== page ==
Once the water’s drained it will then do a short spin and this is followed by the rinse cycle. The rinse cycle is very similar to the wash cycle, except in the rinse cycle the water isn’t heated; water is brought in to a predetermined level within a certain amount of time, it’s then agitated, before being drained away. Most machines have at least two rinses in the rinse cycle and on the final rinse both solenoid valves at the back of the machine open up and flush any conditioner from the detergent drawer down into the drum. Once the machine has completed the rinse cycle it will prepare for the final spin by balancing the load. It does this by attempting to evenly distribute the weight of the load around the drum by using sensors to detect drum wobble on either side of the drum. However, if the load contains a particularly heavy item – such as a pair of jeans or a towel – amongst an otherwise lighter load, it will attempt to balance that heavier item amongst the load. If it can’t balance the load it will simply refuse to spin or it may just shut down and display a fault code.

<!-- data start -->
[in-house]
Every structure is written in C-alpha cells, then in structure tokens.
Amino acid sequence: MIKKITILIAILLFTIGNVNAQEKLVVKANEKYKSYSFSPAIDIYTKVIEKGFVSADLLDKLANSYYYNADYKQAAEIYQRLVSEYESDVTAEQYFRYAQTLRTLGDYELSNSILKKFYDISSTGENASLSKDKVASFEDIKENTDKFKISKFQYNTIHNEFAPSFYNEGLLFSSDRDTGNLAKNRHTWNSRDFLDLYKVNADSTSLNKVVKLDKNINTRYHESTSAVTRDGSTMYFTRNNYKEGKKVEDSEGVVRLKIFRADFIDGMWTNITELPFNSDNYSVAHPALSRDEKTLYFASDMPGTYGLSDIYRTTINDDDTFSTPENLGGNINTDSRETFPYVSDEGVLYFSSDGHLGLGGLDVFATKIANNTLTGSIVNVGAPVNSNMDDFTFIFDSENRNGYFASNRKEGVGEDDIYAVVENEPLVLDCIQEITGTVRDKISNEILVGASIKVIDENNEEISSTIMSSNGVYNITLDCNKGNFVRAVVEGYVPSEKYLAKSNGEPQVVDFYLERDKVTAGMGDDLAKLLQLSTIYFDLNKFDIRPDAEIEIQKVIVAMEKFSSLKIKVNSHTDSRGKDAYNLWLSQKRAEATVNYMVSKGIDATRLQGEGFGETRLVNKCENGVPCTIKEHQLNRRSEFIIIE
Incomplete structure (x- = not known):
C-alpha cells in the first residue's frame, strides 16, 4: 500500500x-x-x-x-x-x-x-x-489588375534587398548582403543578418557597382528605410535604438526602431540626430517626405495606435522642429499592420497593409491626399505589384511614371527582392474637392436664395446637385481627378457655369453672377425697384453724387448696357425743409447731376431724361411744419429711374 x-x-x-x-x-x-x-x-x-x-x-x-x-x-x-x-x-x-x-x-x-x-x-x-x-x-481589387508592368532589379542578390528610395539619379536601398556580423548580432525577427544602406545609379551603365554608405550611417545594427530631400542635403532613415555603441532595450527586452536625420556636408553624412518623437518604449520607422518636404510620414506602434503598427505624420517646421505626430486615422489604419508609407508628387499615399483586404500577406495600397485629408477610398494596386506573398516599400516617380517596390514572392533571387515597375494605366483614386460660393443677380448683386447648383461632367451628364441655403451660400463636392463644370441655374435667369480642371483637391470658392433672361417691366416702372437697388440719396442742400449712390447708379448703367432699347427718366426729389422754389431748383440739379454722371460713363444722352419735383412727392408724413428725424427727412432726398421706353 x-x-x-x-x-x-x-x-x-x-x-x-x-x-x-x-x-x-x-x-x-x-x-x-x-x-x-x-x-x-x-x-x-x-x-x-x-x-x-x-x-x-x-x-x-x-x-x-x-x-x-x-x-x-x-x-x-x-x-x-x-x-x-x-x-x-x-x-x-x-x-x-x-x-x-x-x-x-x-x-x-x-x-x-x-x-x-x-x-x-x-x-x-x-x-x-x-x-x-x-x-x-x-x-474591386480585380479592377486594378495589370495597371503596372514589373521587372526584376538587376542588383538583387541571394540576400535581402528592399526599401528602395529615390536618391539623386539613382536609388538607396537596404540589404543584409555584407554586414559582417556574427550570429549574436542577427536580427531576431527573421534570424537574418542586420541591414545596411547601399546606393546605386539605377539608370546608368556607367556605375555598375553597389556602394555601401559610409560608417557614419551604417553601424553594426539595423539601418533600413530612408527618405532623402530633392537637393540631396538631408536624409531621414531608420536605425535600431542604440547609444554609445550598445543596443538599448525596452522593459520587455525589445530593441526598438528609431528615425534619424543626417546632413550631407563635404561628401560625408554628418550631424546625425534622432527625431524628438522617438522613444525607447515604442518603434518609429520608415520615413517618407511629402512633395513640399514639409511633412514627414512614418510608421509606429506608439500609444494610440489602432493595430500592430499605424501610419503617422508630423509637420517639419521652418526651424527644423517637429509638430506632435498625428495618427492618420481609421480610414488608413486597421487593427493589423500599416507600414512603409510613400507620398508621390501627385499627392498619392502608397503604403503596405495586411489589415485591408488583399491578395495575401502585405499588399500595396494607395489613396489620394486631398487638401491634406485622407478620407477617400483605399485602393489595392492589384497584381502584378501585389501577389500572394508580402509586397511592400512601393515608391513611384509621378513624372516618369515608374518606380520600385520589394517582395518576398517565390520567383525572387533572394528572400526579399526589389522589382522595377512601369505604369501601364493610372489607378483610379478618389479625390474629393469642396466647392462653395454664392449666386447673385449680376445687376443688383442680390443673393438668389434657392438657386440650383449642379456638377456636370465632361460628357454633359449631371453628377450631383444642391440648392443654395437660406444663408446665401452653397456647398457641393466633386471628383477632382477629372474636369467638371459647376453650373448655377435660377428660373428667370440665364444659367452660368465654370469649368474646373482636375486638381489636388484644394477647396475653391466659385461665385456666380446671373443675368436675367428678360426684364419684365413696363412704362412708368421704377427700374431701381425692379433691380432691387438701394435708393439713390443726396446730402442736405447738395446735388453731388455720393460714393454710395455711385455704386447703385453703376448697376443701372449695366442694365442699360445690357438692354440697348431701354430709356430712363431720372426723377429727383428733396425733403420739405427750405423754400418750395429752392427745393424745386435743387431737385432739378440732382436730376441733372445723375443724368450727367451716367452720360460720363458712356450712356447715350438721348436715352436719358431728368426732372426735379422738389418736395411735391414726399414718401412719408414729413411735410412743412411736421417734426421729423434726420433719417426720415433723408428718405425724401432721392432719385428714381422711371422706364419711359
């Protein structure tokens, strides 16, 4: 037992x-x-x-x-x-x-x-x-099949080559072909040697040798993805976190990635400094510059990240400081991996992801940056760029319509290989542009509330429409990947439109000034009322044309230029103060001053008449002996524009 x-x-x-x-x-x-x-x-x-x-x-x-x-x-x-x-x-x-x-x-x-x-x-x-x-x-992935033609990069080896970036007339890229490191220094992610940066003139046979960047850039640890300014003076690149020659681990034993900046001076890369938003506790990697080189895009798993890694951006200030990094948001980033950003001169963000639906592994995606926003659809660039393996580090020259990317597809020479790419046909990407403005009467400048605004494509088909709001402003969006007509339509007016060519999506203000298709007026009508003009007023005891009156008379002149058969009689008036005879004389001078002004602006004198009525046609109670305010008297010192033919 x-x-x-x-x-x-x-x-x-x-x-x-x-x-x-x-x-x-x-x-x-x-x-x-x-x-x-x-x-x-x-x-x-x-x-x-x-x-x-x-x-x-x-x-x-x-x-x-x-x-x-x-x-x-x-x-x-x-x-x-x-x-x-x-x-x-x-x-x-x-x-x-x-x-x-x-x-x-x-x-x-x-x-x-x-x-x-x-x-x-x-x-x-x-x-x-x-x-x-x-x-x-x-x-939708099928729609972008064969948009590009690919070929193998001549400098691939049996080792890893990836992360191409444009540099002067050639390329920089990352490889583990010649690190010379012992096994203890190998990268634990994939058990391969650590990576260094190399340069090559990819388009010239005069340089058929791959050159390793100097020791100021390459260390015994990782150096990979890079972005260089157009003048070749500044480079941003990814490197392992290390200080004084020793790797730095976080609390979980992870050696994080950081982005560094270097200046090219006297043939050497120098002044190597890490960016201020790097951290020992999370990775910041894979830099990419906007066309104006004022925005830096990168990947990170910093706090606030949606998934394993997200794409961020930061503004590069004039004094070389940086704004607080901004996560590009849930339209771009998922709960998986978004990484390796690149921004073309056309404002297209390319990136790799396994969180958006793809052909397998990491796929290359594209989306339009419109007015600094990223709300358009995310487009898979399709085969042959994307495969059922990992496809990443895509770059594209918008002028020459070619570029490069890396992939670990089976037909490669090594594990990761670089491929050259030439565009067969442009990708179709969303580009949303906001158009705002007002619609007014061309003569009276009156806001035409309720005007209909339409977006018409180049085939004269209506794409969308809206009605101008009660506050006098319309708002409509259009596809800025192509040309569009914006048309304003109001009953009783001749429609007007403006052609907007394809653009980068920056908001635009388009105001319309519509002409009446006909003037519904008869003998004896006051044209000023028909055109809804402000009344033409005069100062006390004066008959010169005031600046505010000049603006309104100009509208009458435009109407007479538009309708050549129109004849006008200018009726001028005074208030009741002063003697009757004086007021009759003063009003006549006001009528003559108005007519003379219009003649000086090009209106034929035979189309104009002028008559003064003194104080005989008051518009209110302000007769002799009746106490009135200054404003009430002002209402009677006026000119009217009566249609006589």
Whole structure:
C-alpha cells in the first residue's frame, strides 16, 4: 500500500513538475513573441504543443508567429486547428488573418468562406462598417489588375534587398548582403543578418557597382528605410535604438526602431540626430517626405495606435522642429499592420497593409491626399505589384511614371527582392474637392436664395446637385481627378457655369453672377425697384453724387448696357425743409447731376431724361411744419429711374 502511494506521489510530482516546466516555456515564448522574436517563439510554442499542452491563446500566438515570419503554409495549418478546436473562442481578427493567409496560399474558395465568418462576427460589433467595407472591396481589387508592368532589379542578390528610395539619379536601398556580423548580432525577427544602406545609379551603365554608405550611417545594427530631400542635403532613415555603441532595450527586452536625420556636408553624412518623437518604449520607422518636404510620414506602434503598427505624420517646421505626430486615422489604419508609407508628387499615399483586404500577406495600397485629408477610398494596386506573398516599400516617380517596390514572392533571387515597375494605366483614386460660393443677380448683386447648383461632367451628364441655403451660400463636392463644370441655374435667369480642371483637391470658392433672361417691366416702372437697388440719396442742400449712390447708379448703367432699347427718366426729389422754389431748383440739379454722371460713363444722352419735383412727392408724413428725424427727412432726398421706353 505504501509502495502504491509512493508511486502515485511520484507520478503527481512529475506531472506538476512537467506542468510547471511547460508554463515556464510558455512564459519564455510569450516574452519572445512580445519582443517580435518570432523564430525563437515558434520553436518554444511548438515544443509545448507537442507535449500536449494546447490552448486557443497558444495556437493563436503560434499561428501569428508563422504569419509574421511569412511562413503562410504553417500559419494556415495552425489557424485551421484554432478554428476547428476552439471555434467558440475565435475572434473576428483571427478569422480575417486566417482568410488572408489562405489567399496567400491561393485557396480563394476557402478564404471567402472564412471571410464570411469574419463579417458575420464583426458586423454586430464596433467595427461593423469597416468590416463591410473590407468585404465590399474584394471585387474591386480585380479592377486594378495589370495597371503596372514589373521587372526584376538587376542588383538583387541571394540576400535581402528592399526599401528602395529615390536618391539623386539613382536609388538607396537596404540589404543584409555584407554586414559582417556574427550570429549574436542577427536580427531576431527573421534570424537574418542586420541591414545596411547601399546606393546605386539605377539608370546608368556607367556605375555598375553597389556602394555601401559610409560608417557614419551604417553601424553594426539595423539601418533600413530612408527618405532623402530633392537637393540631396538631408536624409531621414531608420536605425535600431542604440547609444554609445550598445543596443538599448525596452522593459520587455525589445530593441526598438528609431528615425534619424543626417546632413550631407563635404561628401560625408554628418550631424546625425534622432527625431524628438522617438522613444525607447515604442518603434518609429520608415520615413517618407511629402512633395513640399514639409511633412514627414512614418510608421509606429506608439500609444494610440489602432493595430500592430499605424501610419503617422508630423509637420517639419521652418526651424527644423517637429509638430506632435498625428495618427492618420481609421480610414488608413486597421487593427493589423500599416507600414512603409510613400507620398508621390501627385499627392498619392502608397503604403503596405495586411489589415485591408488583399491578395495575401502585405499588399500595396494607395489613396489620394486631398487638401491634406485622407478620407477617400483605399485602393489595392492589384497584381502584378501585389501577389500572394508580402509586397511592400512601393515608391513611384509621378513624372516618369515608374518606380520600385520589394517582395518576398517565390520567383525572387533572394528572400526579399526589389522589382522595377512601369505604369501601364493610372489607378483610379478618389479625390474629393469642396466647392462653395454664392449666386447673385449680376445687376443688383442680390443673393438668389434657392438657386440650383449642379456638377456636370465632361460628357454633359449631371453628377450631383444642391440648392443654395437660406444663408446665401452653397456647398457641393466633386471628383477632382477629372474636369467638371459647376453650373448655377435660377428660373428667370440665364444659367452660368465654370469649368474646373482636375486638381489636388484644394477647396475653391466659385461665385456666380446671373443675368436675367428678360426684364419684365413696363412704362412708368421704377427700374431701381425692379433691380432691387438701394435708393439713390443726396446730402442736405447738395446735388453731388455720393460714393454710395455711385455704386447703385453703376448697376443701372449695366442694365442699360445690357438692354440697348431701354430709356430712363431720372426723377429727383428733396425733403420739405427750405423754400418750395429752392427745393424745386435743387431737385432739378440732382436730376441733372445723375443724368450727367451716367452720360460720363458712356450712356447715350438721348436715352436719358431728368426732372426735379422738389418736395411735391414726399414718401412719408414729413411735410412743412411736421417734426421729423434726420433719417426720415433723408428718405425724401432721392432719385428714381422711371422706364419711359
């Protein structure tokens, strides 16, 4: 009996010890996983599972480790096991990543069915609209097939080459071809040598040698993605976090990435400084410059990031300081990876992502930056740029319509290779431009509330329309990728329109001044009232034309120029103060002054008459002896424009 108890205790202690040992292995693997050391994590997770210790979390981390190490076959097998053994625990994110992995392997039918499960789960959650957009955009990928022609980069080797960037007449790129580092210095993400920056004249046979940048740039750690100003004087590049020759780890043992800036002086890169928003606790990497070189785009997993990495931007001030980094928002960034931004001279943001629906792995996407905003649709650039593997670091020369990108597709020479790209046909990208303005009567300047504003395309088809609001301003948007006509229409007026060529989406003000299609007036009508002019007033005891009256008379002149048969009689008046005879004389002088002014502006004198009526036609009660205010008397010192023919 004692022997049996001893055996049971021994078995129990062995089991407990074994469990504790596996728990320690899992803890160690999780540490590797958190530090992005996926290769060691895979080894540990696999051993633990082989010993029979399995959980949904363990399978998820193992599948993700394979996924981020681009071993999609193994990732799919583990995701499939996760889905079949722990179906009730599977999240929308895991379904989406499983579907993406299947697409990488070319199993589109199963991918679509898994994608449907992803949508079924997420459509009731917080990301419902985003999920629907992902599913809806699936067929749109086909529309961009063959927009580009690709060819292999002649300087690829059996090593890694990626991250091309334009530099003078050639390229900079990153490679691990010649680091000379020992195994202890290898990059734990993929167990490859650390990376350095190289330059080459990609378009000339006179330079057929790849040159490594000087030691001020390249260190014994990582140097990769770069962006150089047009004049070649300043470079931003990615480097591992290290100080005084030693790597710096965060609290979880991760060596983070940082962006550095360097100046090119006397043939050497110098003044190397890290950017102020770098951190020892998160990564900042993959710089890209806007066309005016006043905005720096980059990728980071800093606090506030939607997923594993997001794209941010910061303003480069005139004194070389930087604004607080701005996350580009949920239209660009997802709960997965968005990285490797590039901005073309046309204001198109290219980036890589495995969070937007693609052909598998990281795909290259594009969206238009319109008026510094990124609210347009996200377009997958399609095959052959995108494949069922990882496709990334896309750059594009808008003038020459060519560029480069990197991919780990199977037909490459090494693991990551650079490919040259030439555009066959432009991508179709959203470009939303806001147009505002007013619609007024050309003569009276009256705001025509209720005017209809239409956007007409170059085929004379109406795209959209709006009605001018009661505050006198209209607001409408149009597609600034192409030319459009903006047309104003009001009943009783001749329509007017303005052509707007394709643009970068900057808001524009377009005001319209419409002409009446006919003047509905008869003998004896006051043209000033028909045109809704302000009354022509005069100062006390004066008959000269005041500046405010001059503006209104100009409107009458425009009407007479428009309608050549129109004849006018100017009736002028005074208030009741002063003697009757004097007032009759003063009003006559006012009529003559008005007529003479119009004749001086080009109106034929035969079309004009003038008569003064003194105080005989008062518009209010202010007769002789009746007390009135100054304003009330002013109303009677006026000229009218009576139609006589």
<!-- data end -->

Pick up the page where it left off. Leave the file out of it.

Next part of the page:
However, once the load has been balanced the machine will spin and complete the wash cycle. If your machine is dead and it’s not displaying any lights or anything on the front then you’ll need to check it for continuity. Firstly, just unplug it from the wall and have a look at the fuse inside the plug to make sure it hasn’t blown; once you’ve established that it hasn’t, you’ll need to check for continuity between the plug and the control board. Don’t just replace the fuse and plug back in, the fuse has blown for a reason, and until the reason is found and fixed it will likely blow more fuses.